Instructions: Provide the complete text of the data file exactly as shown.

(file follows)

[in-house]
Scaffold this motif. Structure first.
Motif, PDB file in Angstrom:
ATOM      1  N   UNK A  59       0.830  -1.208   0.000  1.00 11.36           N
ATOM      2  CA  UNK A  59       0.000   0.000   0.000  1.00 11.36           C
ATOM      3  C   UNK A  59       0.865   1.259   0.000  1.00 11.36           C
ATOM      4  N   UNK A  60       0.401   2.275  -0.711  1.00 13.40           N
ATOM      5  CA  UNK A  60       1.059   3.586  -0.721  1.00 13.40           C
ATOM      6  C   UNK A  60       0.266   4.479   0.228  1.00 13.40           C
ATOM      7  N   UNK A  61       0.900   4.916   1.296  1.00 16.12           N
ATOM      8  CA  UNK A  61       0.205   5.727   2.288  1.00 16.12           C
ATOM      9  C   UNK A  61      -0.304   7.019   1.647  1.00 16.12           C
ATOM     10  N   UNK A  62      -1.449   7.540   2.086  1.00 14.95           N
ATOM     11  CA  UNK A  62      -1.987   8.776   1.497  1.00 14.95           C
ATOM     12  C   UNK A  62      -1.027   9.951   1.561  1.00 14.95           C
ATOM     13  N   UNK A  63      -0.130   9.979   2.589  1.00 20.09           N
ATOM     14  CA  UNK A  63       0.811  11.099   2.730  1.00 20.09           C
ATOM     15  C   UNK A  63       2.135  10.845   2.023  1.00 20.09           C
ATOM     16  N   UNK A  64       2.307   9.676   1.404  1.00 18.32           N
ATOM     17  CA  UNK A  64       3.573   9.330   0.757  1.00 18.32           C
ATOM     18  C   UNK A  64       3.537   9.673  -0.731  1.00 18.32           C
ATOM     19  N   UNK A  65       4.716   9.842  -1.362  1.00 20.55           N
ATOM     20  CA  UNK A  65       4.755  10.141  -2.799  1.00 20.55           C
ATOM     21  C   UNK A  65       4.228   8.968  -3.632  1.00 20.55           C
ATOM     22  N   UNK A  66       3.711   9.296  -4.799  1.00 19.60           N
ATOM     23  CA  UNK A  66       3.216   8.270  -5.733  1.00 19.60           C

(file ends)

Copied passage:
[in-house]
Scaffold this motif. Structure first.
Motif, PDB file in Angstrom:
ATOM      1  N   UNK A  59       0.830  -1.208   0.000  1.00 11.36           N
ATOM      2  CA  UNK A  59       0.000   0.000   0.000  1.00 11.36           C
ATOM      3  C   UNK A  59       0.865   1.259   0.000  1.00 11.36           C
ATOM      4  N   UNK A  60       0.401   2.275  -0.711  1.00 13.40           N
ATOM      5  CA  UNK A  60       1.059   3.586  -0.721  1.00 13.40           C
ATOM      6  C   UNK A  60       0.266   4.479   0.228  1.00 13.40           C
ATOM      7  N   UNK A  61       0.900   4.916   1.296  1.00 16.12           N
ATOM      8  CA  UNK A  61       0.205   5.727   2.288  1.00 16.12           C
ATOM      9  C   UNK A  61      -0.304   7.019   1.647  1.00 16.12           C
ATOM     10  N   UNK A  62      -1.449   7.540   2.086  1.00 14.95           N
ATOM     11  CA  UNK A  62      -1.987   8.776   1.497  1.00 14.95           C
ATOM     12  C   UNK A  62      -1.027   9.951   1.561  1.00 14.95           C
ATOM     13  N   UNK A  63      -0.130   9.979   2.589  1.00 20.09           N
ATOM     14  CA  UNK A  63       0.811  11.099   2.730  1.00 20.09           C
ATOM     15  C   UNK A  63       2.135  10.845   2.023  1.00 20.09           C
ATOM     16  N   UNK A  64       2.307   9.676   1.404  1.00 18.32           N
ATOM     17  CA  UNK A  64       3.573   9.330   0.757  1.00 18.32           C
ATOM     18  C   UNK A  64       3.537   9.673  -0.731  1.00 18.32           C
ATOM     19  N   UNK A  65       4.716   9.842  -1.362  1.00 20.55           N
ATOM     20  CA  UNK A  65       4.755  10.141  -2.799  1.00 20.55           C
ATOM     21  C   UNK A  65       4.228   8.968  -3.632  1.00 20.55           C
ATOM     22  N   UNK A  66       3.711   9.296  -4.799  1.00 19.60           N
ATOM     23  CA  UNK A  66       3.216   8.270  -5.733  1.00 19.60           C